It was an evening do in the garden, and everyone had a great time. We had tons of helium balloons and lots of snacks. I got two wooden playpens and decorated them with swags of white cotton and bunches of flowers. Tamara and Gary each sat in one while opening their gifts. We also dressed them up in baby bonnets and bibs and made up their faces with freckles and red cheeks. It was really great fun.
They received oodles of wonderful gifts and partied until the early hours (the mom-to-be, of course, had soft drinks). I think it was an excellent idea because all the ladies could bring their partners instead of leaving them at home watching football!
— Crystal, Harare, Zimbabwe
Sixth night in Afghanistan
Parents in Afghanistan normally celebrate on the sixth night after the baby is born. There's usually a big feast and a party. Family and friends bring presents for the new baby and congratulate the parents and the grandparents.
The guests know the sex of the baby, so they can bring the right presents. And there's no worry about miscarriage after the baby shower, which would be a big trauma for the family. The sixth night is a good way to celebrate because you can be more relaxed, knowing that the baby is safe and sound.
A Dominican fiesta
In the Dominican Republic we throw huge baby showers. Co-ed of course — you'll need a dancing partner! We try to keep the party a surprise.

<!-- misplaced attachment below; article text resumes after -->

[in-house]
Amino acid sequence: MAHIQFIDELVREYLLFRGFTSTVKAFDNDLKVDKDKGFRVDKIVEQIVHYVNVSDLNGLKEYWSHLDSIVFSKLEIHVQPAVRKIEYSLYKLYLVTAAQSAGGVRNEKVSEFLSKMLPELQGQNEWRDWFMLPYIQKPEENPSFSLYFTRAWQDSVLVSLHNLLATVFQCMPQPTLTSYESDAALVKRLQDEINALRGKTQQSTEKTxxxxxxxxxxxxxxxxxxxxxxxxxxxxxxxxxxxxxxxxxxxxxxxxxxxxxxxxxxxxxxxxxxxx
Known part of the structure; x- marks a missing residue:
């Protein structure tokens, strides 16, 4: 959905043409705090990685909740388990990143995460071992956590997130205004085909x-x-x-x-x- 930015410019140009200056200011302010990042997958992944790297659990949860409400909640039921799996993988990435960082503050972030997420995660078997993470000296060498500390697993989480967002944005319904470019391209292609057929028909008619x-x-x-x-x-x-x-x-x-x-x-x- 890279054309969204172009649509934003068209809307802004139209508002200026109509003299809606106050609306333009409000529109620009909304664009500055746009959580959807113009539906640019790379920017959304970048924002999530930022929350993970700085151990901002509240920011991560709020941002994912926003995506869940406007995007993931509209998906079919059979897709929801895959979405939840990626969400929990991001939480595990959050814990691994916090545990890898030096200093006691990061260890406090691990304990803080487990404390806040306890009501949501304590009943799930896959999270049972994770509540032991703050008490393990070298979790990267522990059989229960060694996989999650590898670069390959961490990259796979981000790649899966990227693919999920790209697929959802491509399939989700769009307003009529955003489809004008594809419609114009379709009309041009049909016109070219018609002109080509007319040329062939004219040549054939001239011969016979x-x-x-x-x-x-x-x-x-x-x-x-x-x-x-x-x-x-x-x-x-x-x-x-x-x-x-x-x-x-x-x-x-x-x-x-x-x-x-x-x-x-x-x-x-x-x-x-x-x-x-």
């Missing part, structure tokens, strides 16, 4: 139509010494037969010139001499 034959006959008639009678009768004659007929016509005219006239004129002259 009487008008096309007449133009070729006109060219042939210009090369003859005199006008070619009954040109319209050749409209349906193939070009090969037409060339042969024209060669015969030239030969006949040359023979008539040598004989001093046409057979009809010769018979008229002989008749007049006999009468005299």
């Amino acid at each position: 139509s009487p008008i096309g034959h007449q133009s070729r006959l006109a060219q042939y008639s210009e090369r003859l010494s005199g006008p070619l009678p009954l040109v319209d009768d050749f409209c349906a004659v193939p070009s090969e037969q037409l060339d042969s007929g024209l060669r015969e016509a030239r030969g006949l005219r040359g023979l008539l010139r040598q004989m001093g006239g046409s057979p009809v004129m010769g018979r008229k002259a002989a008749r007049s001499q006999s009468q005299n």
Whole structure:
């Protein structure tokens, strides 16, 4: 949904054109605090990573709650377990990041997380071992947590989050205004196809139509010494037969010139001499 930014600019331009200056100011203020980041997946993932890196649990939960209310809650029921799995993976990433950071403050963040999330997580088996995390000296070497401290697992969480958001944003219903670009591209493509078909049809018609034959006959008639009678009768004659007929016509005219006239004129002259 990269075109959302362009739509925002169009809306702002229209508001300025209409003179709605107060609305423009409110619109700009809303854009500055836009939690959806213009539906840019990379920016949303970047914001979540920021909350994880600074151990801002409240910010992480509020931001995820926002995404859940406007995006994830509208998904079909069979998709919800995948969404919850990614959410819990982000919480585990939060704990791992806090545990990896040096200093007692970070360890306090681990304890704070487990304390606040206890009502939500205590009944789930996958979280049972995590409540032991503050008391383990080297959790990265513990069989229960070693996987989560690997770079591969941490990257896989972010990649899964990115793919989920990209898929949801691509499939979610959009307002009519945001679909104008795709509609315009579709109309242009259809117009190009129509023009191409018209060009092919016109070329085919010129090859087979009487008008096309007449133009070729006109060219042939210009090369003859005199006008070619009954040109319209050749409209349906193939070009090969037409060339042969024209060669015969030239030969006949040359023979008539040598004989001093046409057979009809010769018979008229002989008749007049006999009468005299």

Before the mami-to-be opens her gifts there's a series of games that must be played: three or four baby bottles are filled either with juice (if women are participating) or beer (if men are participating). The one to drink it all wins a prize.
The next game is played in pairs. Both people are blindfolded and one has to feed the other. It's messy and great fun! When the mami-to-be opens her gifts, the ribbons and bows are made into a hat and the papi has to wear it for the whole night.
The whole thing is topped off with lots of food and dancing. At the end of the night, everyone is tired and happy and usually leaves with a few plates of leftovers!
— Pregnant Again!
A European twist
In Bulgaria our family has two twists on the baby shower. First, there is no silverware for the food and no individual plates, so all the relatives and friends have to become closer, sharing all their food.
Second, a tray with a large square scarf is passed around the table, and everyone puts money into it. When everyone has given something, the father of the baby ties the scarf and chucks it on top of the tallest object in the house, such as a wardrobe. The money in the package is for the child, to be stored away for a rainy day.
A Southern India party
In Southern India we celebrate baby showers in a different way. When the mom-to-be is 7 months pregnant, her family hosts a party. The ceremony celebrates the mom-to-be and prays for the well-being of both mother and child. Gifts, usually of money (since traditionally we don't buy anything for the baby until the baby is born), are given to the future parents.
The ceremony is also called the bangle ceremony because all the women place bangles on the mom-to-be's hands as a symbol of their blessings. By the end of the ceremony, she usually has bangles all the way up to her elbows! In the past, the mom-to-be wore these until the time of the delivery. During labor, she would remove the bangles one by one, to take her mind off the pain of contractions.
— Usha Lyer